This book explores the ways in which Nordic private collectors displayed their collections of Chinese objects in their homes.
This leads to a reconsideration of how to define collecting and display by analyzing the difference between objects serving as decorative or collectible items, while tracing collecting and display trends of the twentieth century. Minna Törmä examines four Scandinavian collections as case studies: Kustaa Hiekka, Sophus Black, Osvald Sirén and Marie-Louise and Gunnar Didrichsen, all of whom had professional backgrounds (a jeweler, two businessmen and a scholar) and for whom collecting became a passion and an educational endeavor.
This book will be of interest to scholars in art history, museum studies, Chinese studies, and design history.
Table of Contents
1. Collections and Collecting; 2. Kustaa Hiekka’s World Tour Souvenirs on Display; 3. Sophus Black and Living in Chinese Style; 4. Osvald Sirén and Scholarly Souvenirs; 5. The Didrichsens: A Modernist Home for Chinese Objects; 6. Conclusion
About the Series
The Histories of Material Culture and Collecting provides a forum for the broad study of object acquisition and collecting practices in their global dimensions from 1700 to 1950. The series seeks to illuminate the intersections between material culture studies, art history, and the history of collecting. It takes as its starting point the idea that objects both contributed to the formation of knowledge in the past and likewise contribute to our understanding of the past today. The human relationship to objects has proven a rich field of scholarly inquiry, with much recent scholarship either anthropological or sociological rather than art historical in perspective. Underpinning this series is the idea that the physical nature of objects contributes substantially to their social meanings, and therefore that the visual, tactile, and sensual dimensions of objects are critical to their interpretation. This series therefore seeks to bridge anthropology and art history, sociology and aesthetics. It encompasses the following areas of concern: 1. Material culture in its broadest dimension, including the high arts of painting and sculpture, the decorative arts (furniture, ceramics, metalwork, etc.), and everyday objects of all kinds. 2. Collecting practices, be they institutionalized activities associated with museums, governmental authorities, and religious entities, or collecting done by individuals and social groups. 3. The role of objects in defining self, community, and difference in an increasingly international and globalized world, with cross-cultural exchange and travel the central modes of object transfer. 4. Objects as constitutive of historical narratives, be they devised by historical figures seeking to understand their past or in the form of modern scholarly narratives. The series publishes interdisciplinary and comparative research on objects that addresses one or more of these perspectives and includes monographs, thematic studies, and edited volumes of essays.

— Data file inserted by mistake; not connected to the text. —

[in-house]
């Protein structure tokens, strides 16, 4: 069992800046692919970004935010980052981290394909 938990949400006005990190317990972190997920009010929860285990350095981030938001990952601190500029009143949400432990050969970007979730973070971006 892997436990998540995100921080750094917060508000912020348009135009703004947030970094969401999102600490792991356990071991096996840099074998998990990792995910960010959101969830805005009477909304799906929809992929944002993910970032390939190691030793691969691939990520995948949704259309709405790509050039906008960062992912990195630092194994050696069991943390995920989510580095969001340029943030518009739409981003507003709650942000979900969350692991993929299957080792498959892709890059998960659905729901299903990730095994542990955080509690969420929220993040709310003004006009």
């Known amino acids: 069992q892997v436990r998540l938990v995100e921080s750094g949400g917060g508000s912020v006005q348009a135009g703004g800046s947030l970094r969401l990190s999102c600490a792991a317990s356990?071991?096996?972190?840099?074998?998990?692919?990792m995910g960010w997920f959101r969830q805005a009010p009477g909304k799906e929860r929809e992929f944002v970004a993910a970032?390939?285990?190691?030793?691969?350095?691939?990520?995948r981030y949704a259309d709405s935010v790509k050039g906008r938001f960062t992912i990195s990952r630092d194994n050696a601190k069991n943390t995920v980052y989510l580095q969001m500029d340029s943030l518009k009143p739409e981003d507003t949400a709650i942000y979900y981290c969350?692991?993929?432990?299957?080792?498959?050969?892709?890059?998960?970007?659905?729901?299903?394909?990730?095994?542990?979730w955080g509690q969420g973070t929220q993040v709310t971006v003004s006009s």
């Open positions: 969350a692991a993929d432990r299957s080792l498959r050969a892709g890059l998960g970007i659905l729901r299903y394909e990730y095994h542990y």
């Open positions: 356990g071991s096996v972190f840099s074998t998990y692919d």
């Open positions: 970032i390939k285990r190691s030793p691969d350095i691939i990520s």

BISAC Subject Codes/Headings:
- ART / Collections, Catalogs, Exhibitions / General
- ART / History / General
- ART / European
- ART / History / Modern (late 19th Century to 1945)
- ART / Asian
- ART / Museum Studies
- HISTORY / Asia / China
- HISTORY / Modern / 20th Century
- HISTORY / Europe / Scandinavia